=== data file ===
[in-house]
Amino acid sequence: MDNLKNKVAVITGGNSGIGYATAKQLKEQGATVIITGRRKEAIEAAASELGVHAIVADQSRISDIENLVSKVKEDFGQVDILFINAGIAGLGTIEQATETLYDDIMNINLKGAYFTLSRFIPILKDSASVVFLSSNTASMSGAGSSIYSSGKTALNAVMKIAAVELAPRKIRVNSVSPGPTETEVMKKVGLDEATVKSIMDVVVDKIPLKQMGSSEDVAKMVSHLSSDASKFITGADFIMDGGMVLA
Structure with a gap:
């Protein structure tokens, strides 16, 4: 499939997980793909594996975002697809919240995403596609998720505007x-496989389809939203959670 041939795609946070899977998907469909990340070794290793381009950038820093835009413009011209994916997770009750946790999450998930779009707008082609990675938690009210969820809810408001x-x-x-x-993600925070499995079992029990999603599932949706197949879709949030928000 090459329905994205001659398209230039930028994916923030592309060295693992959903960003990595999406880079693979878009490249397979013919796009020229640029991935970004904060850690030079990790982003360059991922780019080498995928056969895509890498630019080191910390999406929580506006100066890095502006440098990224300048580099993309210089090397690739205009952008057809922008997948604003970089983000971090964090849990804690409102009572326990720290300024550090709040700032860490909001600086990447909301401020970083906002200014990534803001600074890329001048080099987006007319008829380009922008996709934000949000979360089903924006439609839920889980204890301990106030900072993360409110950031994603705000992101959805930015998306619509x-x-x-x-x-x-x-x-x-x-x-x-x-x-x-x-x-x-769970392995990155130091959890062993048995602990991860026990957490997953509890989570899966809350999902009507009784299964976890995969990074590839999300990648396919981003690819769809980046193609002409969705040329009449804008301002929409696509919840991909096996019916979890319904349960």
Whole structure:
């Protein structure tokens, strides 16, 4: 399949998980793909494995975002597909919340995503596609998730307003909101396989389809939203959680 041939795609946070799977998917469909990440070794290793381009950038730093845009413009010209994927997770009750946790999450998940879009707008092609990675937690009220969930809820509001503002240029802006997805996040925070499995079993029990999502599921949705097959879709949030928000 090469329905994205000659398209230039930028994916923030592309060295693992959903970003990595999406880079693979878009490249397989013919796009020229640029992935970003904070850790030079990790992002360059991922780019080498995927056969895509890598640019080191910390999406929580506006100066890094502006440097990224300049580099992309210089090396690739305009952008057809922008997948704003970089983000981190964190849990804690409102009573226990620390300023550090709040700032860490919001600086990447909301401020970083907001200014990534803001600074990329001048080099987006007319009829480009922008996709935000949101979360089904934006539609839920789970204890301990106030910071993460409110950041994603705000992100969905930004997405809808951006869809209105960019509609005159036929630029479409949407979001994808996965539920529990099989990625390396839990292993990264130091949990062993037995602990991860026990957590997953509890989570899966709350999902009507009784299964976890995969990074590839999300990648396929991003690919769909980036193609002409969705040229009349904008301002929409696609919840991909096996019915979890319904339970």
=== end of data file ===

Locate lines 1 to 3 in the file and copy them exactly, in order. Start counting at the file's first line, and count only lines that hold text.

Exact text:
[in-house]
Amino acid sequence: MDNLKNKVAVITGGNSGIGYATAKQLKEQGATVIITGRRKEAIEAAASELGVHAIVADQSRISDIENLVSKVKEDFGQVDILFINAGIAGLGTIEQATETLYDDIMNINLKGAYFTLSRFIPILKDSASVVFLSSNTASMSGAGSSIYSSGKTALNAVMKIAAVELAPRKIRVNSVSPGPTETEVMKKVGLDEATVKSIMDVVVDKIPLKQMGSSEDVAKMVSHLSSDASKFITGADFIMDGGMVLA
Structure with a gap: